in the Machine
Ghost writer comes clean
ĎI donít think he realized his
words were written by a
Second of two parts
By TONY EVANS
For the Express
Hailey resident and writer Robert
Pearson, 87, made a name for himself working behind the scenes. But
these days he is busy writing his own memoirs.
In last week in the Friday edition
of the Idaho Mountain Express, Pearson related his earlier exploits
ghost writing for college students and as a part of the Dutch Treat Club
in New York. In 1941 following the United Statesí entrance into World
War II, he was commissioned into the Navy as a speech writer. He also
was trained to seek out German U-boats, and thatís where we pick up
Pearsonís story today:
Bob and Betsy Pearson.
Photo by Tony Evans
During the months leading up to
the Alliesí invasion at Normandy, Pearson served in Destroyer Escort
666, aboard the U.S.S Durik. His shipís mission was to protect the
multitude of vessels carrying men and materiel to Europe and the Pacific
from a network of German U-boats that had been sinking allied vessels
with impunity. The Germans relied upon a code machine known as "Enigma"
to communicate with one another. The best hope of cracking the code had
been in capturing a U-boat intact.
"Enormous convoys of up to 1,000
ships stretched over the horizon in both directions," he recalled. "And
then suddenly we were assigned to escort a Navy tanker at flank speed
from Gibraltar to some unnamed spot in the ocean. It was all top secret.
When we got to our destination there were a number of Allied boats
surrounding a surfaced Nazi U-boat flying a swastika. Above the swastika
flew the Stars and Stripes."
The capture of U-boat 505 allowed
the Allies to decipher "Enigma" just before the invasion on the beaches
of Normandy. "I would not trade my Navy experience at that time for
anything in the world," said Pearson. "And I know other veterans who
also feel this way."
As a sailor, Bob Pearson wrote
speeches for presidents Franklin Delano Roosevelt and Harry S. Truman,
as well as Admiral Lehey of the U.S. Navy and others. Leheyís speech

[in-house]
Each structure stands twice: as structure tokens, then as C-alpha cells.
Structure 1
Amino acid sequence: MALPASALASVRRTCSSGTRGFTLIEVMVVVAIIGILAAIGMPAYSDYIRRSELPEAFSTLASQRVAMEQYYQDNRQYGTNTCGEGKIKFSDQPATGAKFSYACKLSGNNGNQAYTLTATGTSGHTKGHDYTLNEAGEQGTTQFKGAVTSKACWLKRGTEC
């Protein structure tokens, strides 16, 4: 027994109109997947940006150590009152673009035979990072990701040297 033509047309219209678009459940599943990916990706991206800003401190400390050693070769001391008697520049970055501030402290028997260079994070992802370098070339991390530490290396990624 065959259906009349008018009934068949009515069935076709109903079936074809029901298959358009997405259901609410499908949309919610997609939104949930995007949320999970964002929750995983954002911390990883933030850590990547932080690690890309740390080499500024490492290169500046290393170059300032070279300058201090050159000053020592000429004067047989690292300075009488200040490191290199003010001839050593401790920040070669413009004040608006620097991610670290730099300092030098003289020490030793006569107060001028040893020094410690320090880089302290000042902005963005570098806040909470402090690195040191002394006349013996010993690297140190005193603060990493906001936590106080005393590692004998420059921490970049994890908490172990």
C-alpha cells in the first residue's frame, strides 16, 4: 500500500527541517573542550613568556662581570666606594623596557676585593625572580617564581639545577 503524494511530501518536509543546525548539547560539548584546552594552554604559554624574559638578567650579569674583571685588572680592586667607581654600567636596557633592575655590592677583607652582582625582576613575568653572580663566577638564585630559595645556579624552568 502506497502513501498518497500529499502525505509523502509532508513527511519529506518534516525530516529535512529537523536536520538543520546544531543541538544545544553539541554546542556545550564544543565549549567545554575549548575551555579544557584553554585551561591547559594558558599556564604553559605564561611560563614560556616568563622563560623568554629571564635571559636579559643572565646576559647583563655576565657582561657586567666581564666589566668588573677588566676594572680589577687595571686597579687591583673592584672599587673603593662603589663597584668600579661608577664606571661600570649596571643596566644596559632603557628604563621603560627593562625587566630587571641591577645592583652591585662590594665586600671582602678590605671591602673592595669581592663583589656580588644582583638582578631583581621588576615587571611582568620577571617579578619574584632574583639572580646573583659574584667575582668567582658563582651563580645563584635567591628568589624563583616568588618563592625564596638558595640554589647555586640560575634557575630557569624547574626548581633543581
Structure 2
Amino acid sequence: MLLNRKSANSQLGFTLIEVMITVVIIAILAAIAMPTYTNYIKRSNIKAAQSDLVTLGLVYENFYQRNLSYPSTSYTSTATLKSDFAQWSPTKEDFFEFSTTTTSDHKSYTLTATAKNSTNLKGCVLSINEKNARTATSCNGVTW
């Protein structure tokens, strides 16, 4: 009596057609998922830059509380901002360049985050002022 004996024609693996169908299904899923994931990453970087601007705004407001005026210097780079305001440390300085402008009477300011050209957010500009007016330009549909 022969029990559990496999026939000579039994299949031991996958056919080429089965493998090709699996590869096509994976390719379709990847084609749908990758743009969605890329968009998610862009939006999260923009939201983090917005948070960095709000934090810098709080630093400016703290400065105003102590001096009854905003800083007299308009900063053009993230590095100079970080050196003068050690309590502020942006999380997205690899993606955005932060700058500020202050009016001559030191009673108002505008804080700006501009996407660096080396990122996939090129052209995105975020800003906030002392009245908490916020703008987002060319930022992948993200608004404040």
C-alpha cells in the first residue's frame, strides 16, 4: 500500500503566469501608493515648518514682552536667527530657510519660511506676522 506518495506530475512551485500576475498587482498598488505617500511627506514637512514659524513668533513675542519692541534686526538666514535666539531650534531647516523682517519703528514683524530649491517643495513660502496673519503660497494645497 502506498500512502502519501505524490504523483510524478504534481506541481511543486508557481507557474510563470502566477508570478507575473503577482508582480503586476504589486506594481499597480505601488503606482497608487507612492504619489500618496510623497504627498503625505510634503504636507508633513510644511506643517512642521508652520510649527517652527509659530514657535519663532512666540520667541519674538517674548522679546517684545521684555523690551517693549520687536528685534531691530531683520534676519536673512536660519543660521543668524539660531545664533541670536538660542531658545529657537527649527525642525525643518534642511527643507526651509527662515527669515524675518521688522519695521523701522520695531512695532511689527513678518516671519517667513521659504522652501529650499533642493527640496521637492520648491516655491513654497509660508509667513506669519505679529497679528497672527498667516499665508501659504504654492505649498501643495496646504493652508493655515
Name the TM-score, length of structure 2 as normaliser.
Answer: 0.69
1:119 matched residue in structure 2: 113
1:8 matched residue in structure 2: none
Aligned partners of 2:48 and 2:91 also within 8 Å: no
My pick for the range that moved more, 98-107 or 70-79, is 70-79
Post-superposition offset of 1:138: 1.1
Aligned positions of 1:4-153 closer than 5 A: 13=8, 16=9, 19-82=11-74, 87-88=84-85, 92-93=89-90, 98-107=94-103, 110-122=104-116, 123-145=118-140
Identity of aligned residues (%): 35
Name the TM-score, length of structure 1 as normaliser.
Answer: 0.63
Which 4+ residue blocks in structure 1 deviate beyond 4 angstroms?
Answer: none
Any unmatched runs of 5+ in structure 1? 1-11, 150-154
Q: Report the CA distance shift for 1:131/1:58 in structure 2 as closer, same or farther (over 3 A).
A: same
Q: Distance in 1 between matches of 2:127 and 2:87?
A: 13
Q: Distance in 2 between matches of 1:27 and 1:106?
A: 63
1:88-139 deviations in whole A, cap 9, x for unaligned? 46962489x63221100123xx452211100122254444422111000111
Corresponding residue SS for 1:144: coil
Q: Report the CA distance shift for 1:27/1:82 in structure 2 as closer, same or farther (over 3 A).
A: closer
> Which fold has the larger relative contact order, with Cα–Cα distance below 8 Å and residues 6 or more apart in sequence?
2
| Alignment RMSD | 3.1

addressed the debate over how to spend the nationís military resources
following the Japanese attack on Pearl Harbor.
"Some thought we should invest in
ships. Others thought we should spend on air power. Lehey read it word
for word, dull as dishwater," said Pearson. "I donít think he realized
his words were written by a sniveley nosed ensign."
FDRís speech commemorated the
transfer of six destroyers to the Russian Navy. Harry Trumanís speech
disclosed the secrets of radar technology.
"It makes sense that American
taxpayers would not allow a president to spend three days writing a
speech," said Pearson. "His time is just too important."
During the war, Bob Pearson
married artist and illustrator named Betsy Dodge, also from Kansas. They
have been together for 59 years, 25 of those years in the Wood River
Valley. Betsy wrote and illustrated a syndicated daily column for the
New York Herald Tribune for 17 years before Simon and Schuster published
her collection of practical advice for young mothers under the title "An
ABC for Mothers" in 1958.
"It was a good job," she said. "I
could write from home while I was with the kids."
Bob and Betsy would oftentimes
lunch at the Algonquin Hotel in New York, within earshot of Dorothy
Parker, James Thurber and other famous literati of the 1940s New York
All of the Pearsons three children
have spent time in the Wood River Valley over the past 25 years. In
addition to sons Brad and Ridley, the Pearsonís daughter, Wendy Daverman,
resides part-time in Gimlet with her husband, Jim, and their four
Bob and Betsy Pearson have a
steady stream of visitors at their secluded home west of Bellevue, where
Betsy continues to draw and paint. Bob Pearson is currently working on a
memoir from his office in Hailey.